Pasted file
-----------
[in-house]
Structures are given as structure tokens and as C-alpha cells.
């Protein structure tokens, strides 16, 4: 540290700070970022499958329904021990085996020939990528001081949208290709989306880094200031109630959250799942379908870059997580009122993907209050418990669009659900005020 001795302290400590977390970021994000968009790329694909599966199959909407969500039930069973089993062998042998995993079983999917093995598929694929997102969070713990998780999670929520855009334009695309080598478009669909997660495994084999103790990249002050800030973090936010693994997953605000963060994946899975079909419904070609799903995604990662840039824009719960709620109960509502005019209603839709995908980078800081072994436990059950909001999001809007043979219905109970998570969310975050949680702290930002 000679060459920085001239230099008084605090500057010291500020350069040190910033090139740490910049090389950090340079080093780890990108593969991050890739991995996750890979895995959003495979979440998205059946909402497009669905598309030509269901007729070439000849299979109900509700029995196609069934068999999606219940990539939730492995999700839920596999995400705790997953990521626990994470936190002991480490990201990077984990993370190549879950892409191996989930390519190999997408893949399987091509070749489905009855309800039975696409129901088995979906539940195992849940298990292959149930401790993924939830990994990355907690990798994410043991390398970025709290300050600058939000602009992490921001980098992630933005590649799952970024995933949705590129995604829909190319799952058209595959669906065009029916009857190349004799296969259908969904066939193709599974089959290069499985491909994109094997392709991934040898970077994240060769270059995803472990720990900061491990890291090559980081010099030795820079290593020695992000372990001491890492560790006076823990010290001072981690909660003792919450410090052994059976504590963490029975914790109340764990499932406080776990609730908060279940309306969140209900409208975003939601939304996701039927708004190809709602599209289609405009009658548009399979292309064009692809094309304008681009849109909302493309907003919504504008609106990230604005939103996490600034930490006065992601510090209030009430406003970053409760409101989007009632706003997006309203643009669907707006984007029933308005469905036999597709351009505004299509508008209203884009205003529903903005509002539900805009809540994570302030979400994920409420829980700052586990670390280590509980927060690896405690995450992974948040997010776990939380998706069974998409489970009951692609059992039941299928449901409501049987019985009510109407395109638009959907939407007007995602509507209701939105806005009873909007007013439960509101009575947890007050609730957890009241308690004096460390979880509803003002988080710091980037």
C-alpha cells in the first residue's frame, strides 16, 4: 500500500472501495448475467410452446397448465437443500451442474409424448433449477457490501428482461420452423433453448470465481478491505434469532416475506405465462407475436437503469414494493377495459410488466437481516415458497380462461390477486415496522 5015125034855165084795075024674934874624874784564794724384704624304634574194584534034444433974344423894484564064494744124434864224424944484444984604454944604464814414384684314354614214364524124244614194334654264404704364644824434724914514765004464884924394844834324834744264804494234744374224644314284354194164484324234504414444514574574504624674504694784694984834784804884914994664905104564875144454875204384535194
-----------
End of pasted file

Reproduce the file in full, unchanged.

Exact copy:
[in-house]
Structures are given as structure tokens and as C-alpha cells.
């Protein structure tokens, strides 16, 4: 540290700070970022499958329904021990085996020939990528001081949208290709989306880094200031109630959250799942379908870059997580009122993907209050418990669009659900005020 001795302290400590977390970021994000968009790329694909599966199959909407969500039930069973089993062998042998995993079983999917093995598929694929997102969070713990998780999670929520855009334009695309080598478009669909997660495994084999103790990249002050800030973090936010693994997953605000963060994946899975079909419904070609799903995604990662840039824009719960709620109960509502005019209603839709995908980078800081072994436990059950909001999001809007043979219905109970998570969310975050949680702290930002 000679060459920085001239230099008084605090500057010291500020350069040190910033090139740490910049090389950090340079080093780890990108593969991050890739991995996750890979895995959003495979979440998205059946909402497009669905598309030509269901007729070439000849299979109900509700029995196609069934068999999606219940990539939730492995999700839920596999995400705790997953990521626990994470936190002991480490990201990077984990993370190549879950892409191996989930390519190999997408893949399987091509070749489905009855309800039975696409129901088995979906539940195992849940298990292959149930401790993924939830990994990355907690990798994410043991390398970025709290300050600058939000602009992490921001980098992630933005590649799952970024995933949705590129995604829909190319799952058209595959669906065009029916009857190349004799296969259908969904066939193709599974089959290069499985491909994109094997392709991934040898970077994240060769270059995803472990720990900061491990890291090559980081010099030795820079290593020695992000372990001491890492560790006076823990010290001072981690909660003792919450410090052994059976504590963490029975914790109340764990499932406080776990609730908060279940309306969140209900409208975003939601939304996701039927708004190809709602599209289609405009009658548009399979292309064009692809094309304008681009849109909302493309907003919504504008609106990230604005939103996490600034930490006065992601510090209030009430406003970053409760409101989007009632706003997006309203643009669907707006984007029933308005469905036999597709351009505004299509508008209203884009205003529903903005509002539900805009809540994570302030979400994920409420829980700052586990670390280590509980927060690896405690995450992974948040997010776990939380998706069974998409489970009951692609059992039941299928449901409501049987019985009510109407395109638009959907939407007007995602509507209701939105806005009873909007007013439960509101009575947890007050609730957890009241308690004096460390979880509803003002988080710091980037």
C-alpha cells in the first residue's frame, strides 16, 4: 500500500472501495448475467410452446397448465437443500451442474409424448433449477457490501428482461420452423433453448470465481478491505434469532416475506405465462407475436437503469414494493377495459410488466437481516415458497380462461390477486415496522 5015125034855165084795075024674934874624874784564794724384704624304634574194584534034444433974344423894484564064494744124434864224424944484444984604454944604464814414384684314354614214364524124244614194334654264404704364644824434724914514765004464884924394844834324834744264804494234744374224644314284354194164484324234504414444514574574504624674504694784694984834784804884914994664905104564875144454875204384535194